Abstract: The purpose of the study is to teach manded selection responses through joint control training to children diagnosed with autism. The goal of this study is to evaluate the role of joint control in teaching selection responses in children with autism. This research investigates the effectiveness of joint control training in teaching selection responses and if self-echoic and tact skills alone will be sufficient in producing name-object responses. Joint control were taught to children with autism such as to echo, tact, and use these two skills jointly to emit correct selection behaviors. The finding demonstrated that echoic and tact training alone did not result in generalized selection response; it was only when the participants were taught to emit the two verbal responses (self-echoic and tact) jointly that the performance in manded selection behavior improved significantly.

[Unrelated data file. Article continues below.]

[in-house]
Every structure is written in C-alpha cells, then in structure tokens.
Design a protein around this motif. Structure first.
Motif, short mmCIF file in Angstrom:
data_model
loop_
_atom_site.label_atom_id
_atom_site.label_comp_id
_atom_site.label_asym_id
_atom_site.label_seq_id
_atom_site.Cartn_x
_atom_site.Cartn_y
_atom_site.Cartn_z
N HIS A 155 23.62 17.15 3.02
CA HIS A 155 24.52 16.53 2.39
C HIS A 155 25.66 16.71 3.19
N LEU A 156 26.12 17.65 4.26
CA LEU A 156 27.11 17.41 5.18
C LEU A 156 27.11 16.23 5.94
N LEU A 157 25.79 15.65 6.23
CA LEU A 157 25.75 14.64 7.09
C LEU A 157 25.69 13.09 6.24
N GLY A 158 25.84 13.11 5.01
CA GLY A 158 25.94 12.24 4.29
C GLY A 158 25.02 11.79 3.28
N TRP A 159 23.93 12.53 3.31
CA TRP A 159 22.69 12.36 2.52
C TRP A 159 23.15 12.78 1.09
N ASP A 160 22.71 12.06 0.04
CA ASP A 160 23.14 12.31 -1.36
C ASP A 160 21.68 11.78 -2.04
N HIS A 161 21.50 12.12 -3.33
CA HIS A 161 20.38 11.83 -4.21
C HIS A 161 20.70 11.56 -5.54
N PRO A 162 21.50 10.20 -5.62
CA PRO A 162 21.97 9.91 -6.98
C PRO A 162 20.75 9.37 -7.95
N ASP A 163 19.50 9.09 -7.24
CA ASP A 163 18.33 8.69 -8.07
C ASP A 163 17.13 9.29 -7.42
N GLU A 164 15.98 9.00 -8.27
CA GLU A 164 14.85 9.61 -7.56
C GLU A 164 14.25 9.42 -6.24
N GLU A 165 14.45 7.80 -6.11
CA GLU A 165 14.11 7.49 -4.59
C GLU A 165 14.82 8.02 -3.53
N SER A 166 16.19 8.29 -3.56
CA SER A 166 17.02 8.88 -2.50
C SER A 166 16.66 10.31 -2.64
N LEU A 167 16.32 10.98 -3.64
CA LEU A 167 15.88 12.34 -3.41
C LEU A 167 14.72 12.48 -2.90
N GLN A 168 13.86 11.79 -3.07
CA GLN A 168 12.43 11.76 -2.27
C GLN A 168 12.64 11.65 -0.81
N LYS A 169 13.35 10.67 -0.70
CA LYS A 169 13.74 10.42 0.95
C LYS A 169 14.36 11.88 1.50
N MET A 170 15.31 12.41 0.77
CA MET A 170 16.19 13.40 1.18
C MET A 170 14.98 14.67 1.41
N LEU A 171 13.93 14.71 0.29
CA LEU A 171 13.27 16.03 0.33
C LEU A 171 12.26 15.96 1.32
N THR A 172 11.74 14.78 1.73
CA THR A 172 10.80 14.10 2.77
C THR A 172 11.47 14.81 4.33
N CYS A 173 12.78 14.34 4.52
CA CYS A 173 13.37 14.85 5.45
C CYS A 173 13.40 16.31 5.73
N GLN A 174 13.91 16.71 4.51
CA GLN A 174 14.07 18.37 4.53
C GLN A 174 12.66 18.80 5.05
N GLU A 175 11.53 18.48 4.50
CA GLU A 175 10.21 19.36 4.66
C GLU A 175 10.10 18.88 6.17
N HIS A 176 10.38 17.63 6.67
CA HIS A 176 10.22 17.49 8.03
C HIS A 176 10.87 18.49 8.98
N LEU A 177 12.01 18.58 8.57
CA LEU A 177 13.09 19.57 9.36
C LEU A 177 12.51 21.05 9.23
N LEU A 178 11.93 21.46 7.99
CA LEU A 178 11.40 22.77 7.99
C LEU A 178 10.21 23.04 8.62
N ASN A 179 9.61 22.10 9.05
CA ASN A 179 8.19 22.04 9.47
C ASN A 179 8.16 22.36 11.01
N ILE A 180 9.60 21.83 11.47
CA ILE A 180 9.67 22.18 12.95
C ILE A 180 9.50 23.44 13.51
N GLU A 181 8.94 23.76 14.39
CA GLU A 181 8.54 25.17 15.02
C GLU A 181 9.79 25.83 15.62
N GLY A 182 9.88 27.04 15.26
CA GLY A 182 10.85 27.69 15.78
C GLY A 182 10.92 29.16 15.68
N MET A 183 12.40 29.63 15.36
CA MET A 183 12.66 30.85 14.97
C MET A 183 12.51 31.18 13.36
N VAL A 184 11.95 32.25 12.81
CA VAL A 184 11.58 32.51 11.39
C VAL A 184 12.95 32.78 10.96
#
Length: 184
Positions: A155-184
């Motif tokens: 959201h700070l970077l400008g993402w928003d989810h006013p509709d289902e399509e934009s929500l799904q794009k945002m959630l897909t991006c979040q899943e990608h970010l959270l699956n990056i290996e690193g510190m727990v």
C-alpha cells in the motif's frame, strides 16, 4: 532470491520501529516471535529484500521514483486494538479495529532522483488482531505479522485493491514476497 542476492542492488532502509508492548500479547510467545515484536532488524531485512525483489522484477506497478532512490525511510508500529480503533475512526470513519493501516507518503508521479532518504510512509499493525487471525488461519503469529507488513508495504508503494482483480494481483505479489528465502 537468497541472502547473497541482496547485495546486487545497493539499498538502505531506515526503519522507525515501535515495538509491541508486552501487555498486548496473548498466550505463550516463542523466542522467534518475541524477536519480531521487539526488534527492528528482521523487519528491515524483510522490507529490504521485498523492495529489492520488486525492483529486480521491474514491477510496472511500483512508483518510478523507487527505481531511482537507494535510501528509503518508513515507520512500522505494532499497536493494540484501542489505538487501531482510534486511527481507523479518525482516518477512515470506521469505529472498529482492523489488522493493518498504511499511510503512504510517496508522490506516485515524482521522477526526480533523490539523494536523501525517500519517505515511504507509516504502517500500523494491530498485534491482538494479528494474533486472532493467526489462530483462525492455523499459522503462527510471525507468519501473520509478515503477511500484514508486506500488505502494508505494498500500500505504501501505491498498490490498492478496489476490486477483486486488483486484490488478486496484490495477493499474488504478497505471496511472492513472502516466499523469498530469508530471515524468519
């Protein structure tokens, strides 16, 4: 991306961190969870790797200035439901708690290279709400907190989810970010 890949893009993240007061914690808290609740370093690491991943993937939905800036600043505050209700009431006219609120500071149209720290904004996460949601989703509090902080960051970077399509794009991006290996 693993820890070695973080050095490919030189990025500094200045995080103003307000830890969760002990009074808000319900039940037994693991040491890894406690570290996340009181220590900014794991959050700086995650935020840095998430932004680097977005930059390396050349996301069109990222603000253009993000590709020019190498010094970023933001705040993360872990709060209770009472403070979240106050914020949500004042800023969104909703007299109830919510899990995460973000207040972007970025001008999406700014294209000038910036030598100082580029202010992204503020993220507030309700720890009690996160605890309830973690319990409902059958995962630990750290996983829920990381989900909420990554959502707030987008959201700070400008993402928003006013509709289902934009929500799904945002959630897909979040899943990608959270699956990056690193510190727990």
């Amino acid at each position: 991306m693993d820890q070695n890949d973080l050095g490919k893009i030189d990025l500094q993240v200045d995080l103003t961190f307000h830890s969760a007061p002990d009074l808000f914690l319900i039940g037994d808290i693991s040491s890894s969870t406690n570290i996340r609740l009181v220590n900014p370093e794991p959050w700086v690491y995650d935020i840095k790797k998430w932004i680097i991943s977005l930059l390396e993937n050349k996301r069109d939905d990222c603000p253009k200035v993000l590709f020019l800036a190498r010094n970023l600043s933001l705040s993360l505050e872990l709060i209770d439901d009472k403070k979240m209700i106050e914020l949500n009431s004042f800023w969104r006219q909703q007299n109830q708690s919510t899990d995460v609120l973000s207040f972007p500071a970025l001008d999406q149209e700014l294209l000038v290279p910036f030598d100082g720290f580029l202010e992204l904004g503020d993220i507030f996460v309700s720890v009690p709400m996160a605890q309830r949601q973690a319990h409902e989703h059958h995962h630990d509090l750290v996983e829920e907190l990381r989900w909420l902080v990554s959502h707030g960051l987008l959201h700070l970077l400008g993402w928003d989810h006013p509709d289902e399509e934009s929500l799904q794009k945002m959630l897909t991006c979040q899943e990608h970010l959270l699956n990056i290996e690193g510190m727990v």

Joint Control as Another Generative Strategy When Teaching Novel Manded Selection Responses and Tact to Children With Autism
RONALD MORENO (Center for Behavioral Sciences, Inc.), HaeRim Choun (Center for Behavioral Sciences, Inc.), Kelly Montague (Center for Behavioral Sciences, Inc.)